• Trump again said cuts to benefit programs will be coming
  • The president has made similar remarks, but walked them back
  • Breaking with Republicans, Trump vowed to protect benefit programs in 2016

President Donald Trump has once again floated the notion that cuts will be coming to entitlement programs – and now he’s facing strong backlash from his opponents.

During a town hall forum in Scranton, Pennsylvania on Thursday night, Trump was asked about cuts to such programs by Fox News host Martha MacCallum. “Oh, we’ll be cutting [benefit programs]. We’re also going to have growth like you’ve never seen before,” Trump said.

Trump made similar remarks at one point during his attendance at the World Economic Forum in Davos, Switzerland in January. In an interview there, the president admitted that entitlement cuts “at some point will be” put on the table.

Last month, however, Trump walked that statement back, tweeting that the White House “will not be touching your Social Security and Medicare in Fiscal 2021 Budget.”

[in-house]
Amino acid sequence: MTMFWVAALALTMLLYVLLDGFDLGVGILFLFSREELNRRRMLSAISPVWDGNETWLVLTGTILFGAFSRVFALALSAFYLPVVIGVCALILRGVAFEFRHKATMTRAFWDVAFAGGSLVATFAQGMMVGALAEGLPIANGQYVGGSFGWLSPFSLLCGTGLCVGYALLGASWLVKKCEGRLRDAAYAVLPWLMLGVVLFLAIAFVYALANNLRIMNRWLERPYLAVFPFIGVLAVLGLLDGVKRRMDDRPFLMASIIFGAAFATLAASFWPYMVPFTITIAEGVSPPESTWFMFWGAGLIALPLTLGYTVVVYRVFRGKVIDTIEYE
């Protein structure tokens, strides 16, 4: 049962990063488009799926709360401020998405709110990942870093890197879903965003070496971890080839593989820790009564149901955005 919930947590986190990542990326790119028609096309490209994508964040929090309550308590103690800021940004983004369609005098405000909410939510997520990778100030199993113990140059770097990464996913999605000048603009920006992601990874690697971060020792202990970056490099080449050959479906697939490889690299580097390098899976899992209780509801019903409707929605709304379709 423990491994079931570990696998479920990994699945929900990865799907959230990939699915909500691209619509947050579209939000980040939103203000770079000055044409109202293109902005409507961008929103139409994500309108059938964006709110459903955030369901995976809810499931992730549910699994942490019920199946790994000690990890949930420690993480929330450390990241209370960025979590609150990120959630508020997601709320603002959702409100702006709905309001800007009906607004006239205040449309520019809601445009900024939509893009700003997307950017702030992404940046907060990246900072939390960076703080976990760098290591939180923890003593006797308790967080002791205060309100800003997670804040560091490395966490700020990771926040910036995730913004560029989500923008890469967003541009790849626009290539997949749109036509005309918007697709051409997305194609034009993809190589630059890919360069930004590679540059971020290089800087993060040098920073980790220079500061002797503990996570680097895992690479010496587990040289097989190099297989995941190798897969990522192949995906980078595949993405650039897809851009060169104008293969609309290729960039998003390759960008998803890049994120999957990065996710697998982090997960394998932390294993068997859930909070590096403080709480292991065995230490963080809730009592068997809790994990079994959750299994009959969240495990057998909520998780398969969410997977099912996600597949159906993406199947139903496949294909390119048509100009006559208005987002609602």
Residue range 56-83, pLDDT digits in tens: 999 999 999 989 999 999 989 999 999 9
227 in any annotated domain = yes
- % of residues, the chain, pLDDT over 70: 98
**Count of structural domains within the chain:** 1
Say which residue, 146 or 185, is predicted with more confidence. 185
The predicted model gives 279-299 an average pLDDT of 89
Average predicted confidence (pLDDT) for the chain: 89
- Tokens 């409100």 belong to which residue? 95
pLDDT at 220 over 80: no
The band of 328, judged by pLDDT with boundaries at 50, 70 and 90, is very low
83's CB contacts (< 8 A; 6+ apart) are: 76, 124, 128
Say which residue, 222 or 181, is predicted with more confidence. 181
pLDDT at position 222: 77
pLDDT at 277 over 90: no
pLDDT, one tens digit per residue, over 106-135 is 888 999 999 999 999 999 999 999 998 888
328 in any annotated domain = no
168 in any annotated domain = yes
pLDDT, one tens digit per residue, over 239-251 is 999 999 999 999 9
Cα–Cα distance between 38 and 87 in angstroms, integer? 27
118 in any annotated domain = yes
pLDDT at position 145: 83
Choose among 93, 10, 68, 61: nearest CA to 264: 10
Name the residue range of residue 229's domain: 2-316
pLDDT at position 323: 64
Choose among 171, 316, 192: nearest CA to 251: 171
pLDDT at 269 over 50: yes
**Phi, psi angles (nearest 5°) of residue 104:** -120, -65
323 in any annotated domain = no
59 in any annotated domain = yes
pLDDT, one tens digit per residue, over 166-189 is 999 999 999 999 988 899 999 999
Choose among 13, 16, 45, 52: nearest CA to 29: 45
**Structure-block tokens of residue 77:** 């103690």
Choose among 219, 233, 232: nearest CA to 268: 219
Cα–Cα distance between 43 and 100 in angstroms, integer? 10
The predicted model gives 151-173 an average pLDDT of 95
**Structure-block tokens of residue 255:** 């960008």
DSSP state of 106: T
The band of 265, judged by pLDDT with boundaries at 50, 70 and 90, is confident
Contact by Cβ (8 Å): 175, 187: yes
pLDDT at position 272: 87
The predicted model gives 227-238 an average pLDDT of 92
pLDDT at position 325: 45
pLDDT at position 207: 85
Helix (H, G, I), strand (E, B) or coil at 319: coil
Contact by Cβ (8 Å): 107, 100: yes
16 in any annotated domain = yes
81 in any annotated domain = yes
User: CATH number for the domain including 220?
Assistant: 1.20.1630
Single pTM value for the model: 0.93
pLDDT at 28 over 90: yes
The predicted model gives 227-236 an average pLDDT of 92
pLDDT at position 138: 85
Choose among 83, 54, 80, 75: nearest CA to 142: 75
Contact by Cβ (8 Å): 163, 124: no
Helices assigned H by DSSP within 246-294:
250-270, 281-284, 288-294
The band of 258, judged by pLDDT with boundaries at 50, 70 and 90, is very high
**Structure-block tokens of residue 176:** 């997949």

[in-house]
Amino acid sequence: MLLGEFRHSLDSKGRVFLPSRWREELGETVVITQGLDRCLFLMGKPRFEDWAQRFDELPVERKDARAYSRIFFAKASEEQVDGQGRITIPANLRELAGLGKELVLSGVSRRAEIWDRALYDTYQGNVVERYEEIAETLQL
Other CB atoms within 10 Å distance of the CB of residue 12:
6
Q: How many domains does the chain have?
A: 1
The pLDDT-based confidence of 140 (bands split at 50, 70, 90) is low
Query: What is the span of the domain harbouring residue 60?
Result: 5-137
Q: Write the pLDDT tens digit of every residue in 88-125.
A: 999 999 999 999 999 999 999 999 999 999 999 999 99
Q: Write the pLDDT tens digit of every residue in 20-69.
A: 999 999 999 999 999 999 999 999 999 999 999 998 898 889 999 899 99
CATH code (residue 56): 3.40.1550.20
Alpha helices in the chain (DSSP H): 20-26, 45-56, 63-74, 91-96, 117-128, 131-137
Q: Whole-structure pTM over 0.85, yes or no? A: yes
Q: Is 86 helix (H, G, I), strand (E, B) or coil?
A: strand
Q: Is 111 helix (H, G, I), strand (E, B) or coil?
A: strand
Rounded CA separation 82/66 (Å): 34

Among Trump’s core 2016 campaign issues was a promise to protect these benefit programs, a platform that has clashed with traditional Republican agendas. No doubt the president’s fiscally conservative allies were pleased to hear him soften stand, though his unwillingness to commit to slashing programs and his tendency to repeatedly walk back the idea has likely left them uncertain about his intentions.

Trump’s remarks Thursday night were seized on quickly by former vice president and presidential hopeful Joe Biden. “Social security is on the ballot this year, and the choice couldn’t be clearer: I’ll protect and expand it. Donald trump will cut it and take it away,” Biden tweeted.

Sen. Bernie Sanders, I-Vt., also weighed in on Trump’s comments, but shifted the focus to his rival for the Democratic presidential nomination. Sanders tweeted, “Joe Biden has repeatedly advocated for cuts to Social Security. I’ve fought my whole career to protect and expand it.”

Trump may be attempting to walk a narrow path with these comments. By making somewhat vague, noncommittal remarks about cutting benefits programs, Trump might hope to appeal to fiscal conservatives – but his tendency to walk these statements back helps keep him in the good graces of elderly voters, many of whom rely heavily on their Social Security benefits to cover necessities but tend to vote Republican.

Trump drew criticism for scheduling a rally in South Carolina with the coronavirus crisis deepening
Trump drew criticism for scheduling a rally in South Carolina with the coronavirus crisis deepening AFP / Nicholas Kamm